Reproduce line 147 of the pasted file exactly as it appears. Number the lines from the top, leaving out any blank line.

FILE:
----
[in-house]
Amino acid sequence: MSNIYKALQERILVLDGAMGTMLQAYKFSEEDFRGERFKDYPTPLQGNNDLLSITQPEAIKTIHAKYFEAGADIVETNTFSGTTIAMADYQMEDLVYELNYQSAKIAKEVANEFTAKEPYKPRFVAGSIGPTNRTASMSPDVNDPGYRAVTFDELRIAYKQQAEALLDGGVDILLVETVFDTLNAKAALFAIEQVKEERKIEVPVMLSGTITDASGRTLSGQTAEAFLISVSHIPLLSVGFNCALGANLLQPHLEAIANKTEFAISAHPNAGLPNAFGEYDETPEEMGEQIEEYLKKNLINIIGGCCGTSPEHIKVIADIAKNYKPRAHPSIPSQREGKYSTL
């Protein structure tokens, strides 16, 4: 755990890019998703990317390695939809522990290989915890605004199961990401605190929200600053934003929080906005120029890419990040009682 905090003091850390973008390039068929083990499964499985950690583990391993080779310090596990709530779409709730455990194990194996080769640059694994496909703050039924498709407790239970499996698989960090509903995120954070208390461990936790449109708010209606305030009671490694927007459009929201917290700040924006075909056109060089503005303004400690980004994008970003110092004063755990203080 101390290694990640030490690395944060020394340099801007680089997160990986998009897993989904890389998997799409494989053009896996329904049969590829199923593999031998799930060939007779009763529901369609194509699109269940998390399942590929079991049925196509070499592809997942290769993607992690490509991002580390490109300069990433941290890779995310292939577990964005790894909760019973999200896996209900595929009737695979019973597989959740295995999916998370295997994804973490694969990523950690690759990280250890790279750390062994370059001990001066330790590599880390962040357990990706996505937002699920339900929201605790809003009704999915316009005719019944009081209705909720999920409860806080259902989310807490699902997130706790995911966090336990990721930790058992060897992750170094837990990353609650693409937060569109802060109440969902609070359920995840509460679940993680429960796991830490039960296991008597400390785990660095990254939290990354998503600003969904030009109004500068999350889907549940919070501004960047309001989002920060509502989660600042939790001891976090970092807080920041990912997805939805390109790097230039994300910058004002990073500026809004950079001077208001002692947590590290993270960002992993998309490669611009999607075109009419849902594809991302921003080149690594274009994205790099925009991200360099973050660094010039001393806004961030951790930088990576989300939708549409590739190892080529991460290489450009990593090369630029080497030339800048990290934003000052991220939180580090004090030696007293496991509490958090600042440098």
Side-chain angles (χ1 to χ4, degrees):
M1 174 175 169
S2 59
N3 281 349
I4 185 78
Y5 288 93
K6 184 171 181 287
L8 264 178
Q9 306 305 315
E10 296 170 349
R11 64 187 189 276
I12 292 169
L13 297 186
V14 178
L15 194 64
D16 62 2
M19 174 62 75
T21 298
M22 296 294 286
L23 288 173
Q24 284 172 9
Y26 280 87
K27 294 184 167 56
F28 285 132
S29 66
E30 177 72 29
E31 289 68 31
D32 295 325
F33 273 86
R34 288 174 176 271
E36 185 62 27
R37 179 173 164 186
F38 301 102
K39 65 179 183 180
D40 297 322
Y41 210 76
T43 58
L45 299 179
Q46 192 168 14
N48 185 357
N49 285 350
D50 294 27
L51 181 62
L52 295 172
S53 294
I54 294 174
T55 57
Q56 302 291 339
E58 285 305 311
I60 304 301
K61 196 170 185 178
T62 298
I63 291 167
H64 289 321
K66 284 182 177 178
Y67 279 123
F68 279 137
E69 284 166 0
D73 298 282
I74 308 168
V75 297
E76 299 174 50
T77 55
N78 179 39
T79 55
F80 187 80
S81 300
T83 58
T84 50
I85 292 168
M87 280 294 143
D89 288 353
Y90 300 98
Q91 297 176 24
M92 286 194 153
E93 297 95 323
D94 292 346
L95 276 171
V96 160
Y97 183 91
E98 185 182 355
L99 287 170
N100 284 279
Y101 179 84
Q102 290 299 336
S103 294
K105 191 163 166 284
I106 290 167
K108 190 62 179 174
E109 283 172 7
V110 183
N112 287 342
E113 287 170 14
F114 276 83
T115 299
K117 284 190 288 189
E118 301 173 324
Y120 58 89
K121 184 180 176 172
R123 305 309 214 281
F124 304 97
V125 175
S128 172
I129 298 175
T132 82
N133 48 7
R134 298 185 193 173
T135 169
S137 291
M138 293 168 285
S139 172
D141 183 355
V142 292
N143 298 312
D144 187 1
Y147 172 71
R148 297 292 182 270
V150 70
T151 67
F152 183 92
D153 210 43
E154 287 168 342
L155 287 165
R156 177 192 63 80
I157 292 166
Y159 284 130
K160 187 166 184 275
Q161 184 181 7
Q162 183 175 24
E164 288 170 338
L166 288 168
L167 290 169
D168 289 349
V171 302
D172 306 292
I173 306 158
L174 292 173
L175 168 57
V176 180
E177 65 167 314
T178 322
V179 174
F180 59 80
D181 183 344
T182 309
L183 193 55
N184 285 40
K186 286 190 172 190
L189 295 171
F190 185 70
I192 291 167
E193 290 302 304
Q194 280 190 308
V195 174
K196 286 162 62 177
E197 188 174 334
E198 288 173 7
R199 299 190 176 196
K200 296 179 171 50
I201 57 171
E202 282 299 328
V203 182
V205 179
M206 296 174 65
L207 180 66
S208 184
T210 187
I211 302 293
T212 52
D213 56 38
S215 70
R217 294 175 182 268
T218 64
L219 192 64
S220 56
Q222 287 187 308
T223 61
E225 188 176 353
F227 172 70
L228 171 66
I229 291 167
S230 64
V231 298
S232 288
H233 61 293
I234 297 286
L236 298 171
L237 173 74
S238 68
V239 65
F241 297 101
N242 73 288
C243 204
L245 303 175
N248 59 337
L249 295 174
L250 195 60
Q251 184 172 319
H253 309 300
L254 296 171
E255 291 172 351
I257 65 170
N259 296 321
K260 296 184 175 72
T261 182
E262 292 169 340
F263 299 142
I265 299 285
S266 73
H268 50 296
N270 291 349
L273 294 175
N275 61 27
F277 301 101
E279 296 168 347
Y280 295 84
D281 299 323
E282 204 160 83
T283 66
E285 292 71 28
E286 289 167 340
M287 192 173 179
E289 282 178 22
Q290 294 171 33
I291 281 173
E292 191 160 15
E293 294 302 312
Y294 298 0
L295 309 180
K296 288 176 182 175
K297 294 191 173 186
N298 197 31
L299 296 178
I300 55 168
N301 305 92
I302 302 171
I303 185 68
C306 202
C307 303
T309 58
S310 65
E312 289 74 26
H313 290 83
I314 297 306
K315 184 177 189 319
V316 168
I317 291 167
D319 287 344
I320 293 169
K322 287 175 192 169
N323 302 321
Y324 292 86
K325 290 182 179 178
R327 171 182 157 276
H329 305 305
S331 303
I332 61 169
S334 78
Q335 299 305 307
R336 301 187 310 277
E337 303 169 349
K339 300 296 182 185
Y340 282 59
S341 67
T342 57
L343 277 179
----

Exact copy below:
D181 183 344